European officials have backed calls for sanctions against Iceland and the Faroe Islands amid a fishing industry dispute. Major European fishing nations have criticised both North Atlantic countries in recent years for taking an increasingly larger share of mackerel from regional waters.
Both Scotland and Ireland have been particularly outspoken on the matter, arguing that increased fishing quotas from the two island countries could be unsustainable for the species and have taken substantial tolls on their own fisheries.
Last week saw the latest in a series of international talks to resolve the deal. However, officials said that the negotiations ended with “disappointing” results, leading to further calls for sanctions.
Scottish Pelagic Fishermen’s Association chief Ian Gatt said in a statement, “We welcome today’s vote by the European Parliament, although it is essential that the European Commission now moves quickly to implement the measures,” the BBC reports.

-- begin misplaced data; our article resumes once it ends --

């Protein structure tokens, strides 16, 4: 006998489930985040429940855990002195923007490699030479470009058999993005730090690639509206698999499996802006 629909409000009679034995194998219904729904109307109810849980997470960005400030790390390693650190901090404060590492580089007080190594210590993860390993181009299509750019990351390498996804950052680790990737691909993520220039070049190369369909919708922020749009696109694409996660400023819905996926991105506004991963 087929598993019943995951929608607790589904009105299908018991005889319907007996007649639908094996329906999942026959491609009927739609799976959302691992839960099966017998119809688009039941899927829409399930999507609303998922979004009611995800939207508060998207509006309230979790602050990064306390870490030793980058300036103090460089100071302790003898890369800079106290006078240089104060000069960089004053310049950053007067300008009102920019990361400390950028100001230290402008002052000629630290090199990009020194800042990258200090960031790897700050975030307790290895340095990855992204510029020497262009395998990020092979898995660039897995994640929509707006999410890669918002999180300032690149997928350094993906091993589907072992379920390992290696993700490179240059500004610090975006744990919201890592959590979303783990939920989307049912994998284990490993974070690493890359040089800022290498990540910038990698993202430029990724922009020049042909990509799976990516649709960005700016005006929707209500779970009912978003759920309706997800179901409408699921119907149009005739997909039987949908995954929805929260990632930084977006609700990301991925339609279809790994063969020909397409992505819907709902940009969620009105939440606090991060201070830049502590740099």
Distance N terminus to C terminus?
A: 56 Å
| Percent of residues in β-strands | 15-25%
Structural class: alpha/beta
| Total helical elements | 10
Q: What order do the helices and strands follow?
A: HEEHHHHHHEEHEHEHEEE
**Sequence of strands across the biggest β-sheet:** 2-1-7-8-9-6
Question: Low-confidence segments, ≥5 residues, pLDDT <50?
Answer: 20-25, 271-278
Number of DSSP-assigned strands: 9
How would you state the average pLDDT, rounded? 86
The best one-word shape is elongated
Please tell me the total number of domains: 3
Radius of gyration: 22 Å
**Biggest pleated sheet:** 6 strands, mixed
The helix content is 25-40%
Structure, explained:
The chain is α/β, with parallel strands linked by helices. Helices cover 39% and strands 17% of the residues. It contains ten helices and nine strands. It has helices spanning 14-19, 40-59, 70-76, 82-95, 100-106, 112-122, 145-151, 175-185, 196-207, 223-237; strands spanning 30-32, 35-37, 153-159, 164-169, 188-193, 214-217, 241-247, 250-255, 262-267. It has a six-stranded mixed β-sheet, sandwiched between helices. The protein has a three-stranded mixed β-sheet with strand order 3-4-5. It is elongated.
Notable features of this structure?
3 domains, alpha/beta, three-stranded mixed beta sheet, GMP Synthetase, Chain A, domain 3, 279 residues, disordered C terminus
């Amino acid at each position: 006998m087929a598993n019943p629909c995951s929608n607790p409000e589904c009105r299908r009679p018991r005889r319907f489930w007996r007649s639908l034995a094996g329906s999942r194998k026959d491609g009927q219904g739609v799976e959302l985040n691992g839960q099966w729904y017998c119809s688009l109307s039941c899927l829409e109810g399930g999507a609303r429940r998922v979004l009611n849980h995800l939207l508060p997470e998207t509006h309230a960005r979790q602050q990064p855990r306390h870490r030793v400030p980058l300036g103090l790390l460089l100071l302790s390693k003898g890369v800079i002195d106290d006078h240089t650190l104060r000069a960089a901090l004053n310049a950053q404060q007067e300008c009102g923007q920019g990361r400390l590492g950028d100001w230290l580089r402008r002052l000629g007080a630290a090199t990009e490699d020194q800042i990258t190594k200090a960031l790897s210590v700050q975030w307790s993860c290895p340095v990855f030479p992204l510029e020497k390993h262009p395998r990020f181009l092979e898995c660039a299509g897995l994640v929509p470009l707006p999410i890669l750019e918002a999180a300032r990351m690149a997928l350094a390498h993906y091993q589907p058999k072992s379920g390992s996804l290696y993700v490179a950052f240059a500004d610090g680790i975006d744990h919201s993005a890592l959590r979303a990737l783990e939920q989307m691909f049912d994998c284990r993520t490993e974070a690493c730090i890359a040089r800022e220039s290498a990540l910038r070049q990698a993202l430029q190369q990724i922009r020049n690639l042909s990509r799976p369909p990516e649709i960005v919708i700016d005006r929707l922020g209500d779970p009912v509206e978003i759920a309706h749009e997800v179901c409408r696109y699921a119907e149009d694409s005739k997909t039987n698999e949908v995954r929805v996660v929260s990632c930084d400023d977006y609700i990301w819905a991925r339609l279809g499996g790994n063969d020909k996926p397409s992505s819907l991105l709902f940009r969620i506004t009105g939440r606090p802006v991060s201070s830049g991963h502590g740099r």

Mr Gatt added, “This is the third straight year without an international agreement on mackerel, which means the sustainability of this valuable fishery is being jeopardised. Hopefully, today’s vote will help ensure that Iceland and the Faroes recognise the seriousness of the situation and at long last they will return to the table to engage in meaningful negotiations.”